Sarkozy, too, acknowledged differences but played them down.
"Do we agree on everything? No," he said, an apparent reference to the divisive Iraq war.
"Because maybe even within a family there are disagreements, but we are still a family. And we may be friends and not agree on everything, but we are friends."
Bush called Sarkozy a friend who could be counted on to speak frankly.
Sarkozy, visiting Bush for the first time as France's president, arrived with plenty of his own praise.
He focused on more than two centuries of united history between the countries, thanking the US for sacrificing lives to help defend France in time of war.
Bush, Sarkozy, and Bush's father, the former president George Bush, held a private meeting for about 50 minutes before lunch.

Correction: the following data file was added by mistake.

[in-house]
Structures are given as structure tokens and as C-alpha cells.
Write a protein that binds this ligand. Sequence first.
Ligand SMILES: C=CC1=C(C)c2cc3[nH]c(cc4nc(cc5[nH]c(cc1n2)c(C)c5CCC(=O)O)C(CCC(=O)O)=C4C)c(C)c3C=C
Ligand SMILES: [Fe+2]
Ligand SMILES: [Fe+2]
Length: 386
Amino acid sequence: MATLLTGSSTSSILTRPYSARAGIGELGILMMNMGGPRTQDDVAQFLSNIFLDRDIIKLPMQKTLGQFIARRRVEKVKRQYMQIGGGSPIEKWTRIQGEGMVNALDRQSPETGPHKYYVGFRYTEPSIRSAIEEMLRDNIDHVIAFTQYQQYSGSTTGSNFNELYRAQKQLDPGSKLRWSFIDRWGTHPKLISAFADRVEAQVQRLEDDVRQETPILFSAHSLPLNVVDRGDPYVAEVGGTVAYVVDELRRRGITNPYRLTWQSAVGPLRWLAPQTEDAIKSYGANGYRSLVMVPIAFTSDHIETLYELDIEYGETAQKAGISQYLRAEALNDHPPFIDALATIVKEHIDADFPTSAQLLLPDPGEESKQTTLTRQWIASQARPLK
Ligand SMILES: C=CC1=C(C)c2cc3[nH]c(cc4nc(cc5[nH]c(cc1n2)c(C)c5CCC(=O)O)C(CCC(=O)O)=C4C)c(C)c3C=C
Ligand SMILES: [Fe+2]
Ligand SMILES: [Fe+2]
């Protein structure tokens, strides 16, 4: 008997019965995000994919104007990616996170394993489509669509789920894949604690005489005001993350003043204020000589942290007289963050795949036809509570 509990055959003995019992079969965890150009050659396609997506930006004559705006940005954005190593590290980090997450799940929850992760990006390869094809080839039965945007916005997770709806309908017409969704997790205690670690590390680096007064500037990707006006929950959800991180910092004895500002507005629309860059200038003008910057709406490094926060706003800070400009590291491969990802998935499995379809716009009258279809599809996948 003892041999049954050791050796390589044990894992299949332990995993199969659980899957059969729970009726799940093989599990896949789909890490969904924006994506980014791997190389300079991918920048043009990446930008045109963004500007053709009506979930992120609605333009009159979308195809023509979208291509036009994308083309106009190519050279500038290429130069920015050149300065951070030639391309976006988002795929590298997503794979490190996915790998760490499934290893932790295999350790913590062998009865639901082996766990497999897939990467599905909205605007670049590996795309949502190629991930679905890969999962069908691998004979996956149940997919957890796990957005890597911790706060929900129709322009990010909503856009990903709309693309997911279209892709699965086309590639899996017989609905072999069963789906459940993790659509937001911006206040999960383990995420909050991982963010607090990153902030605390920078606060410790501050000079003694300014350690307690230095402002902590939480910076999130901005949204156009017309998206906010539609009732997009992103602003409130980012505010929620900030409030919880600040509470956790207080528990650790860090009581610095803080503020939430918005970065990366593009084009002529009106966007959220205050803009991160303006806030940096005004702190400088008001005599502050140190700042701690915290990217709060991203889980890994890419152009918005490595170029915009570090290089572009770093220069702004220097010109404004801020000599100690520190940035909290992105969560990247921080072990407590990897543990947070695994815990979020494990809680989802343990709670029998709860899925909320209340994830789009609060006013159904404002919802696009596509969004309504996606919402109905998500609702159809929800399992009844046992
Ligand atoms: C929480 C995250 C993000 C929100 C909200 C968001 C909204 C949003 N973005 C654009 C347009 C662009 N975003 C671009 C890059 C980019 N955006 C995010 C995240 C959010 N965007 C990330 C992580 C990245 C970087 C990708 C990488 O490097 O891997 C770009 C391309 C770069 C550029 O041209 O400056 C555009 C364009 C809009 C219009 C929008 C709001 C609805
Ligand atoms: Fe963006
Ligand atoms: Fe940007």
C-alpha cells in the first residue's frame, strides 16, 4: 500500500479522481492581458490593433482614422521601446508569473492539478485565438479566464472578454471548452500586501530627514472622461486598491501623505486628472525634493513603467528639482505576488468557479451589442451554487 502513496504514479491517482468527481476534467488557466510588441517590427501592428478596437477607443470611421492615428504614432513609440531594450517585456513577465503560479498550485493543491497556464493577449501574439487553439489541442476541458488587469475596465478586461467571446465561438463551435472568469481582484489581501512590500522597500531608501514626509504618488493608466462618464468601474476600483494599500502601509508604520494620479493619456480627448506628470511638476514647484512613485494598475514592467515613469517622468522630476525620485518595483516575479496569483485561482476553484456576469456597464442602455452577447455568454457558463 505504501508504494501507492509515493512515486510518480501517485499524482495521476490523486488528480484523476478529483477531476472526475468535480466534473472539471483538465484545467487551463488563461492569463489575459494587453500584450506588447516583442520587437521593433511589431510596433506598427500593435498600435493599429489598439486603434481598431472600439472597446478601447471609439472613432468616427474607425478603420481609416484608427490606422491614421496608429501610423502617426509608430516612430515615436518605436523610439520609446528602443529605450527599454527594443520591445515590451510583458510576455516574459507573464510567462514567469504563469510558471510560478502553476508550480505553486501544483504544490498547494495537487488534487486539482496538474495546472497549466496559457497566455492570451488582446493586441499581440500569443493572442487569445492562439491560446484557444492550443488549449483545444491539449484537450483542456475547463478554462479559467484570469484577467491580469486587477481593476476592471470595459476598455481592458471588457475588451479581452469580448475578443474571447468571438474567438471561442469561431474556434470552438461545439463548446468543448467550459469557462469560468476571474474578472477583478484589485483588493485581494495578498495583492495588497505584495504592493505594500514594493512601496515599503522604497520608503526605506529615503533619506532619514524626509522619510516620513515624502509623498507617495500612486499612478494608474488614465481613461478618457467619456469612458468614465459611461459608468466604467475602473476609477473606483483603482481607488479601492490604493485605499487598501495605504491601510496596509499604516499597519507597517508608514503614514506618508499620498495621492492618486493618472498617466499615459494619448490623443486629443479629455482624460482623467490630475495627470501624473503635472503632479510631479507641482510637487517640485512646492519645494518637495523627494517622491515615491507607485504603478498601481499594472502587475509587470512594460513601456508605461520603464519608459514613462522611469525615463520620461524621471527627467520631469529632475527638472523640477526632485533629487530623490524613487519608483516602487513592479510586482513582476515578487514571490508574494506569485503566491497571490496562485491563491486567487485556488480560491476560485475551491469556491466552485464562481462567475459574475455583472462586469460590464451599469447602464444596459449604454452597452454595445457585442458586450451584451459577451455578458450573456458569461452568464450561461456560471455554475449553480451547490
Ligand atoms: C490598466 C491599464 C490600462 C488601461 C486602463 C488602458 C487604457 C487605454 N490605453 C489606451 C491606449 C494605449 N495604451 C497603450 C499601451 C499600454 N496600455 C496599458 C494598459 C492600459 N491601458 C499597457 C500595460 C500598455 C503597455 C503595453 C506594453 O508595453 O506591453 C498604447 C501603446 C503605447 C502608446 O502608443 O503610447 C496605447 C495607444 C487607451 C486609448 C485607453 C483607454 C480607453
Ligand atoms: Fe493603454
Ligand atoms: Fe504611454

The US president said they were to have a "heart-to-heart talk" about key issues, including Iran.
The invite to the Bush family estate in Maine is unusual. Bush usually invites foreign allies to his ranch in Crawford, Texas, to show a special relationship.
The last head of state to visit the ranch was Alvaro Uribe, the Colombian president, in August 2005.
Only one other foreign leader has been invited by Bush to his family's Maine seaside compound - Vladimir Putin, the Russian president, was invited in July to try to soothe escalating tensions over US missile defense plans in Europe.
Sarkozy arrived at the Bush Walker's Point estate from nearby New Hampshire, where he is on his first holiday since taking office in May.
The American holiday, which has drawn criticism in France, was briefly interrupted when Sarkozy flew home to attend the funeral of Cardinal Jean-Marie Lustiger on Friday.